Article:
County tackles water woes

Summit will address deficits

Mount Airy seeks growth freeze

January 07, 2007|By Laura McCandlish | Laura McCandlish,[Sun Reporter]

The water crisis affecting Westminster and much of Carroll County goes beyond the concerns of pumping water from well to tap and could drastically alter growth plans in the county for decades to come, according to local officials and water experts.

To brainstorm solutions to water deficits and the new state requirement that a water system meet its demand during the worst droughts on record, officials from Carroll's eight municipalities will gather for a countywide water summit Feb. 3.

If the Maryland Department of the Environment continues to enforce water restrictions in those municipalities, that could undermine overall county efforts to contain sprawl, said Jesse Richardson Jr., an expert in water-rights law at Virginia Tech.

"It can really create dumb growth in Carroll County, if the towns, where they want to focus development can't issue any more building permits," said Richardson, who is invited to speak at the summit. "It seems like the Smart Growth and groundwater policies are at odds with each other."

The issue has become particularly dire in Carroll and Frederick counties since both mostly depend on groundwater wells, said Richardson, who recently toured Carroll's major water sources.

To resolve the water deficit that has shut down new development in Westminster, city officials drafted an agreement to jumpstart that process with the state environmental department.

At the same time, Mount Airy's water commission is expected to recommend tomorrow night that a growth moratorium be re-instituted in the town, municipal officials said.

The environmental department stopped the signing of building permits in Westminster in late September when it determined the city could face up to a 900,000 gallon per day water deficit during droughts.

City Administrator Marge Wolf hopes an agreement will be hammered out with the state in the next few months. But getting new water sources tested and outfitted for treatment could take years, she said.

"It is a big puzzle with a lot of different pieces," Wolf said. "It will come together, but it won't be today."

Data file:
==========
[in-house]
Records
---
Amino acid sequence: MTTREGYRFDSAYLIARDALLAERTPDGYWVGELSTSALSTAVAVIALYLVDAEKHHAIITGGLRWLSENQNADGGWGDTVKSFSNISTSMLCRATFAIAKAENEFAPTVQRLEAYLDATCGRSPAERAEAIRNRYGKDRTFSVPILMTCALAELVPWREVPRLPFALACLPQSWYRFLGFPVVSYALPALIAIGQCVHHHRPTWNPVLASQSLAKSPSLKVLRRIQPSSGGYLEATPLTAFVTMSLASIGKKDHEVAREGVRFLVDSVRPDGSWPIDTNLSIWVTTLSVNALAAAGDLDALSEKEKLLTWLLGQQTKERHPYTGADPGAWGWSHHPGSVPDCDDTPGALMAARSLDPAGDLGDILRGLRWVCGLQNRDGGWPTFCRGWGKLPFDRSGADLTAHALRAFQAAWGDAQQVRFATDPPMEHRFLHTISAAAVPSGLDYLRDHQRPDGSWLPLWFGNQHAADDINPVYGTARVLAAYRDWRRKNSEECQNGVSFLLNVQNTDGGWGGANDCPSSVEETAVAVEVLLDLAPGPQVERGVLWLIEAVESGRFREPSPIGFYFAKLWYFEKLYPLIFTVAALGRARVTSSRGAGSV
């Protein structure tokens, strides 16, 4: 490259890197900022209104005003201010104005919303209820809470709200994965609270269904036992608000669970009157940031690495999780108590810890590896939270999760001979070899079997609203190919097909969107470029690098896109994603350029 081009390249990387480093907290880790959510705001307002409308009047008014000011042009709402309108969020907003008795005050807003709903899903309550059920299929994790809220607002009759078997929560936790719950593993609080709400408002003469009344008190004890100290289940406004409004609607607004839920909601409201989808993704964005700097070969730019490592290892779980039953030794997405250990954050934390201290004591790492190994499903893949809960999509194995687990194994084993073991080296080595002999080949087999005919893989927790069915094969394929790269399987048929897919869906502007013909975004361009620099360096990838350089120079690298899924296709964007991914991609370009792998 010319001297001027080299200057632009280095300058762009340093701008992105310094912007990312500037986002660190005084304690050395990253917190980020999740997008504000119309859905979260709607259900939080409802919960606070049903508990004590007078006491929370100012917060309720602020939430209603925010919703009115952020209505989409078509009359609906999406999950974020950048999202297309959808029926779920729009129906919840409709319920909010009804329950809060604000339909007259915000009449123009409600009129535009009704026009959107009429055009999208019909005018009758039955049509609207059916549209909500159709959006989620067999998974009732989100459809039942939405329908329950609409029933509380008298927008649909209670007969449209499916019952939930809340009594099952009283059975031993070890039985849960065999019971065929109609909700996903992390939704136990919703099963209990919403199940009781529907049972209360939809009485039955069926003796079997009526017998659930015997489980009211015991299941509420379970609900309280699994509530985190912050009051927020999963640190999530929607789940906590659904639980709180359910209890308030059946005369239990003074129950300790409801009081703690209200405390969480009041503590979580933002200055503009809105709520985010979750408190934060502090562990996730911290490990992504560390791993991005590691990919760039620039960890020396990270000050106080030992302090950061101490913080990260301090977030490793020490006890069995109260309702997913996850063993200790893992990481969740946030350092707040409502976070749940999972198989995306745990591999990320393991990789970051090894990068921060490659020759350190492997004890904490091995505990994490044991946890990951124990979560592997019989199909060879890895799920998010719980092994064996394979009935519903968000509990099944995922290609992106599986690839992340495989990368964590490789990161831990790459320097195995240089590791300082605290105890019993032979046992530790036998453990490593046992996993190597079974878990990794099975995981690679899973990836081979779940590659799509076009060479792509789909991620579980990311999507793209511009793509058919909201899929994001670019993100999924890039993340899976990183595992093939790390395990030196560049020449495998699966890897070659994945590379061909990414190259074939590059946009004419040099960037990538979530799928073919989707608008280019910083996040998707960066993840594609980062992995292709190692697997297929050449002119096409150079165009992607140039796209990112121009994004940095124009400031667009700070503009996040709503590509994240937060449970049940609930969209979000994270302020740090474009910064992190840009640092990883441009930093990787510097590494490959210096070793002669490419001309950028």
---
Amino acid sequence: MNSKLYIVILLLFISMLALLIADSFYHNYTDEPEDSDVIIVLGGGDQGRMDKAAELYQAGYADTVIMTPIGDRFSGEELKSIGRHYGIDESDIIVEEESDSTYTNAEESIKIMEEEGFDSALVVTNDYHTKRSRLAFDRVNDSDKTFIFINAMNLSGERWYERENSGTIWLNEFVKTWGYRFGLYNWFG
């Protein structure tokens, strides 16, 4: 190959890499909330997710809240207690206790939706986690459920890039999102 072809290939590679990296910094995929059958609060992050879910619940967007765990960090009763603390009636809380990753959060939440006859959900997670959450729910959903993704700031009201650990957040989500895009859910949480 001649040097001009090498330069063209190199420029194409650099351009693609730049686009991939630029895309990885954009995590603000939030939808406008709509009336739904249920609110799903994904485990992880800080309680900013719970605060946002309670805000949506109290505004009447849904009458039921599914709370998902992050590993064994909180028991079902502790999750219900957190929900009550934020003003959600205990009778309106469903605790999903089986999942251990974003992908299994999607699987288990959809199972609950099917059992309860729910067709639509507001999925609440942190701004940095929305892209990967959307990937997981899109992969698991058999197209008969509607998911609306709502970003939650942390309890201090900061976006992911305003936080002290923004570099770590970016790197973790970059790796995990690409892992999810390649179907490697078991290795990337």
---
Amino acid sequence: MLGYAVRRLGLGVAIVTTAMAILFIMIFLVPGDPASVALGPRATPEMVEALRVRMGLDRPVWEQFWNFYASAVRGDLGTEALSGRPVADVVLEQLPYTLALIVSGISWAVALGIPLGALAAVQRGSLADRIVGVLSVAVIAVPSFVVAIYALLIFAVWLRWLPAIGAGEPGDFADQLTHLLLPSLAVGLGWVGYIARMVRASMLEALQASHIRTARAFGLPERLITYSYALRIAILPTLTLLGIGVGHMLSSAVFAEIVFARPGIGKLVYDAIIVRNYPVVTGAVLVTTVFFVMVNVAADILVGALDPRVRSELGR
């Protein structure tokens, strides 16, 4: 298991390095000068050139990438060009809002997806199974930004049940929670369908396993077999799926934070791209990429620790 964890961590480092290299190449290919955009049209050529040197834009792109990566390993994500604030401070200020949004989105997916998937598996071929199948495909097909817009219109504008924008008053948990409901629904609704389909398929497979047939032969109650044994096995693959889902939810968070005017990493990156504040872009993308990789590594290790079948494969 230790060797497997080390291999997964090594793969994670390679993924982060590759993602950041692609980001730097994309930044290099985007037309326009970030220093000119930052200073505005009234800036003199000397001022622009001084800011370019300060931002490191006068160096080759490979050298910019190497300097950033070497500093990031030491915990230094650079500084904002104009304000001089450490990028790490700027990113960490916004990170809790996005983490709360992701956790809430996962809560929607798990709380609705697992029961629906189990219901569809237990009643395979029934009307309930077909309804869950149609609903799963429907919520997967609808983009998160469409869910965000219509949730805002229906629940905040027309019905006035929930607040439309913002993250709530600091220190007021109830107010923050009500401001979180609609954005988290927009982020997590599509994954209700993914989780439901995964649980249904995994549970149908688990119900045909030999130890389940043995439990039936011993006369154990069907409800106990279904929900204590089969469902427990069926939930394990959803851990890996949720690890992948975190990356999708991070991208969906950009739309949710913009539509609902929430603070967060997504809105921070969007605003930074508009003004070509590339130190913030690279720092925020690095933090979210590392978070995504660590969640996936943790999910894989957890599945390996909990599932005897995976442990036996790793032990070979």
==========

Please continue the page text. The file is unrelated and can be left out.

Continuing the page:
Westminster officials said they have discussed with county officials plans by the city to build a pipeline to Big Pipe Creek in Union Mills. But that plan could hinder the county's long-term goal to build a Union Mills reservoir, Westminster Mayor Thomas K. Ferguson said.

Ferguson said the city would need space to store water from the pipeline, while the creek could prove an unstable source.

Other potential water sources for Westminster include the Koontz Creamery well off John Street, a pipeline from Medford Quarry off Route 31 to the city's Cranberry Reservoir and an additional quarry on private property that recently came up for sale, Ferguson said.

The state has permitted that 500,000 gallons per day can be drawn from Medford Quarry, "but we believe that is too conservative a number," Ferguson said. He said one million gallons a day was allowed to be trucked in from the quarry during the 2002 drought.

"That would knock a real hole into the deficit," Ferguson said.

The Koontz Creamery could prove more costly to clean since it is contaminated with petroleum, Ferguson and Wolf added.

In Mount Airy, three potential sources of surface water were being eyed, until a more anti-growth mayor and two new councilmen came on board in May and put the brakes on development.

But Councilman John Woodhull said exploring other groundwater options would be less costly.

"I don't think current residents should have to pay for water so developers can develop," said Woodhull, the liaison to the town's water and sewer commission. "There's enough water for the people that are here now."

Mount Airy has a consent agreement with the state Department of the Environment that has allowed a limited amount of development to proceed.

The agreement assumed the town would gain a new water source, said the water and sewer commission's chair, Marc Nance.

Without a new water source, the state might soon force Mount Airy to withdraw 100,000 fewer gallons of water per day from its wells, Nance said.

That forces the commission to ask the town to enforce a growth moratorium until new water comes online. Nance said there are building permits approved and the projects will need water.

Looking ahead, these water woes only foreshadow the problems wastewater treatment faces, Mayor Ferguson said.

A new state Chesapeake Bay cleanup plan requires that all sewage treatment plants reduce pollution by 2010.

"That's going to be another constraint on growth," Ferguson said. "If you had all the water God could give to you, there are still limits from an environmental perspective on how much you can treat and discharge."

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